By Kelly Dearmore
By Jim Schutze
By Rachel Watts
By Lauren Drewes Daniels
By Anna Merlan
By Lee Escobedo
By Alice Laussade
Sean Kirkpatrick and I are talking at a table at Strangeways, a brick-heavy East Dallas bar with '80s dance music blaring from a speaker and Smiths posters decorating a wall. The Nervous Curtains singer and keyboardist looks like he might be a fan, but some people are touchy when you tell them that, so I don't bring it up. I just point at the wall and say, "Smiths, huh?"
I instead ask about the video for "Moody Photos," Nervous Curtains' recent anti-party video, shot with a Flip cam and cheap tripod. The look and feel make it seem like it could have played right after Morrissey's "Suedehead" video on 120 Minutes, circa 1992. The loose plot: People dressed in dark colors stand around at a house party, act bored, do drugs, play records. If you're of a certain age, you certainly relate to the tedium.
"You know, I'm older now, and when I go to a party, it's out of obligation, and I'm uncomfortable and ready to go the whole time," Kirkpatrick explains. "So it was just my experience of a party."
That anxious feeling is sort of the crux of Nervous Curtains' aesthetic and sound, delivered via two synths and drums. Lest that sentiment paint Kirkpatrick as a Gloomy Gus, it lends itself to the nostalgic gaze of the trio's latest album, Fake Infinity, the next chapter after 2010's debut, Out of Sync With Time. That album was loosely based on neurological disorders, especially those British psychologist Oliver Sacks wrote about. Some themes: Strokes and frontal-lobe seizures making people lose track of order in their lives, hearing audio hallucinations, intense forms of nostalgia that cause present discomfort.
Nervous Curtains lean toward the darker arts, sure. And whereas Out of Sync With Time was Kirkpatrick trying to find his way with a backing band, Fake Infinity is more rooted in a central concept and sound. "It's the End of Eternity" is the centerpiece of the album, and Kirkpatrick's blueprint for a time and a place.
"I wanted to create this world inside the album that would be Fake Infinity," he explains. "A lot of it has to do with the way I saw things when I was younger. There's a certain invincibility I felt then, in my early 20s. This idea of having a bright future ahead of you, certain glimpses of euphoria I had at that age. A lot of them were ego-driven, some were chemically derived.
"But a lot of that tied into summer, too. That carefree time, that sense of idealism. Now, I hate the summer. There seemed to be this trend about a year ago, with indie-rock bands singing about the summer and the beach. That tour with Wavves and Best Coast — Summer is Forever or whatever it was called — fuck all that. So I made my summer album, what I wanted to hear."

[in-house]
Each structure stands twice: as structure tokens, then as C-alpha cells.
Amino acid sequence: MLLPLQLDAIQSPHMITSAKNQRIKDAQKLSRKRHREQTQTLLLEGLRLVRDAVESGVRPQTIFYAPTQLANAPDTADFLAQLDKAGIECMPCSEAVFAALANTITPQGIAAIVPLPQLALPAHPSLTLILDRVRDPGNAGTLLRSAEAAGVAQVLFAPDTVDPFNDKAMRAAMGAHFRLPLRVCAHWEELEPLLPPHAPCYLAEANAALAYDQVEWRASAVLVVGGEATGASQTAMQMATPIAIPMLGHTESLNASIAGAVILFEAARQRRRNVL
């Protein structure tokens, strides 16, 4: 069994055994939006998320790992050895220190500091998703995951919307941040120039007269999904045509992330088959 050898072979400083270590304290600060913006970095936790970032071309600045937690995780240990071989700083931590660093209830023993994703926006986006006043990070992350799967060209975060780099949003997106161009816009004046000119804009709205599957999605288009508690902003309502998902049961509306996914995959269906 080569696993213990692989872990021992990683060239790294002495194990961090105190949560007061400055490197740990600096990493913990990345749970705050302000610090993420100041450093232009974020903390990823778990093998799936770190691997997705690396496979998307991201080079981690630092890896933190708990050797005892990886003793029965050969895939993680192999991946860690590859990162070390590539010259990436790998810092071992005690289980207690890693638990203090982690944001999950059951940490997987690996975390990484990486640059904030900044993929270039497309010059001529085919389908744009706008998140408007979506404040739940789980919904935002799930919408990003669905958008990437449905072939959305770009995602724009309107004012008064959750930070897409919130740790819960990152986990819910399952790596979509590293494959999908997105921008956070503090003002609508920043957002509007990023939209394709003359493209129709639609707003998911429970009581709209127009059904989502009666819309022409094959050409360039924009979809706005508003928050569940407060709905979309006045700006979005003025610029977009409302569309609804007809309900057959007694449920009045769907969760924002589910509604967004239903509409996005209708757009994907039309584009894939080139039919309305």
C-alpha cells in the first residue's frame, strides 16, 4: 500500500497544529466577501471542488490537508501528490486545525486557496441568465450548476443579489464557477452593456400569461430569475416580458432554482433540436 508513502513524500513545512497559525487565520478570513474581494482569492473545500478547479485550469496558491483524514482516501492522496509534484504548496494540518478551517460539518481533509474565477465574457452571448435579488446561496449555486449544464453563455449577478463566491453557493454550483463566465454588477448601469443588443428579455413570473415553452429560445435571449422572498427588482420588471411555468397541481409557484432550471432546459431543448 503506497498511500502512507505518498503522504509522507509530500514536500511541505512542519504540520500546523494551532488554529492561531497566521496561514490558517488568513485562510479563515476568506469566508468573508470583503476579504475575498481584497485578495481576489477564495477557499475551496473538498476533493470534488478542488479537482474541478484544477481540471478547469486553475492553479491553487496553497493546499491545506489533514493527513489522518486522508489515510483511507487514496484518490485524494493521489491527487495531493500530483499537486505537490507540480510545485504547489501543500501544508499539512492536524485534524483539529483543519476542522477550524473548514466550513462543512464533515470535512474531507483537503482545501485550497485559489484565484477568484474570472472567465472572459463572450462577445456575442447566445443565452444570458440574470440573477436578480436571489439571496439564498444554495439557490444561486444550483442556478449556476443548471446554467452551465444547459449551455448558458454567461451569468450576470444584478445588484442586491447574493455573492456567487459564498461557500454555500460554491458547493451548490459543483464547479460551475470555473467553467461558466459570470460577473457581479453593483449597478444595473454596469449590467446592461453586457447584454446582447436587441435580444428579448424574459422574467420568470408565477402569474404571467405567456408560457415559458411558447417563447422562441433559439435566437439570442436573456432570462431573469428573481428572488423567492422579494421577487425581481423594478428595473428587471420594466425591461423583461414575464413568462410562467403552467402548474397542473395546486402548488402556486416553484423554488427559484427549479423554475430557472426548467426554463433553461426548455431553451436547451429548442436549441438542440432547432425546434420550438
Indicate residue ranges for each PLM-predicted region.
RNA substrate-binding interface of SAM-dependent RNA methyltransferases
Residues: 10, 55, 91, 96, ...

Indeed, "It's the End of Eternity" spells that out in a rather poetic way:
Served my time in fake infinity
It's summertime in fake infinity
It's the end of eternity
There's no cover-up no conspiracy
Severed ties with the company
This violent deafening sun
This predatory sea
It's no beach party
At 20 years I was immortal too
Cosmic radiance and all that shit in excess
Echoes crash into us
As the main songwriter, the classically trained Kirkpatrick is the driving force of the group's elegant, somber sound, but drummer Robert Anderson and fellow keyboardist Ian Hamilton save it from becoming too arch. With that minimal setup, there's still a labyrinthine feel to Fake Infinity — it's almost metal in concept, but Krautrock in its execution. This time the themes are success and failure, and the lyrics are definitely more abstract than Out of Sync With Time, but its references are grounded a bit more in reality.
"I read something about parasites about a year ago and then wrote 'Wired To Make Waves,' which references parasites, so I just latch on to certain themes."
Are you a Cronenberg fan?
"There's actually a Cronenberg reference on our first album. The song 'Accomplice' references Eastern Promises, and the line Viggo [Mortensen] says: 'I'm just the driver.'
"I wrote 'Cats in the Dark' from a quote I read by Gaddafi, about how approaching soldiers looked like cats in the dark, but it's also about possession. ... Also, while I was writing that song, there were all these stray cats in our yard and I was trying to trap them, get them to stop repopulating. It's a love song in a way."
There is a bit of a silver lining to the album's nostalgic core: "You actually can define your own life," Kirkpatrick says. "But I still want some degree of validation and success. I hate that I want that, but it's in there. As you get older, it takes more energy and it's a battle with my ego. So at some point during the recording I was like, 'OK, this is the last one. Then I'll move out to the hills.'"